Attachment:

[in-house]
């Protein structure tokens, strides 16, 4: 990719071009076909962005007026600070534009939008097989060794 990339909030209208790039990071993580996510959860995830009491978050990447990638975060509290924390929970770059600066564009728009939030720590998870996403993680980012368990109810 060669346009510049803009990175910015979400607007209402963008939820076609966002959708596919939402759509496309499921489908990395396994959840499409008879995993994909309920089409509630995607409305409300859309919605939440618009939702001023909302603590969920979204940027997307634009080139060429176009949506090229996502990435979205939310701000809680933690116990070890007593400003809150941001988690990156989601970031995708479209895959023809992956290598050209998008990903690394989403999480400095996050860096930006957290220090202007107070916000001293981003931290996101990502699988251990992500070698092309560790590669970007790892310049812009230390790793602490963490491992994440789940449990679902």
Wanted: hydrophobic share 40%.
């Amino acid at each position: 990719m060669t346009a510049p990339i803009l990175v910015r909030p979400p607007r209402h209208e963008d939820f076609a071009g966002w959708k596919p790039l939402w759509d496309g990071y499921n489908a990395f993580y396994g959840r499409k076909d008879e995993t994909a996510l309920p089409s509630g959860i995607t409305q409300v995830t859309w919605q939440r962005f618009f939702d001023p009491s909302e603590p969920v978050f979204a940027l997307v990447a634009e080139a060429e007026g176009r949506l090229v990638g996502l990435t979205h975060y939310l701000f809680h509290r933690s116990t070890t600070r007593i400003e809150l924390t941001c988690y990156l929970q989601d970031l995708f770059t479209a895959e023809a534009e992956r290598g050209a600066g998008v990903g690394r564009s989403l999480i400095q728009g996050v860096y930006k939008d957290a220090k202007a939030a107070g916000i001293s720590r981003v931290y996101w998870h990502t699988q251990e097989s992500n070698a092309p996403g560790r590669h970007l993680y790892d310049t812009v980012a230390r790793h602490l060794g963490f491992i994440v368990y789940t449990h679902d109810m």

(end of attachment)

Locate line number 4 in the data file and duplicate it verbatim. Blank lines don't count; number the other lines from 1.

């Amino acid at each position: 990719m060669t346009a510049p990339i803009l990175v910015r909030p979400p607007r209402h209208e963008d939820f076609a071009g966002w959708k596919p790039l939402w759509d496309g990071y499921n489908a990395f993580y396994g959840r499409k076909d008879e995993t994909a996510l309920p089409s509630g959860i995607t409305q409300v995830t859309w919605q939440r962005f618009f939702d001023p009491s909302e603590p969920v978050f979204a940027l997307v990447a634009e080139a060429e007026g176009r949506l090229v990638g996502l990435t979205h975060y939310l701000f809680h509290r933690s116990t070890t600070r007593i400003e809150l924390t941001c988690y990156l929970q989601d970031l995708f770059t479209a895959e023809a534009e992956r290598g050209a600066g998008v990903g690394r564009s989403l999480i400095q728009g996050v860096y930006k939008d957290a220090k202007a939030a107070g916000i001293s720590r981003v931290y996101w998870h990502t699988q251990e097989s992500n070698a092309p996403g560790r590669h970007l993680y790892d310049t812009v980012a230390r790793h602490l060794g963490f491992i994440v368990y789940t449990h679902d109810m």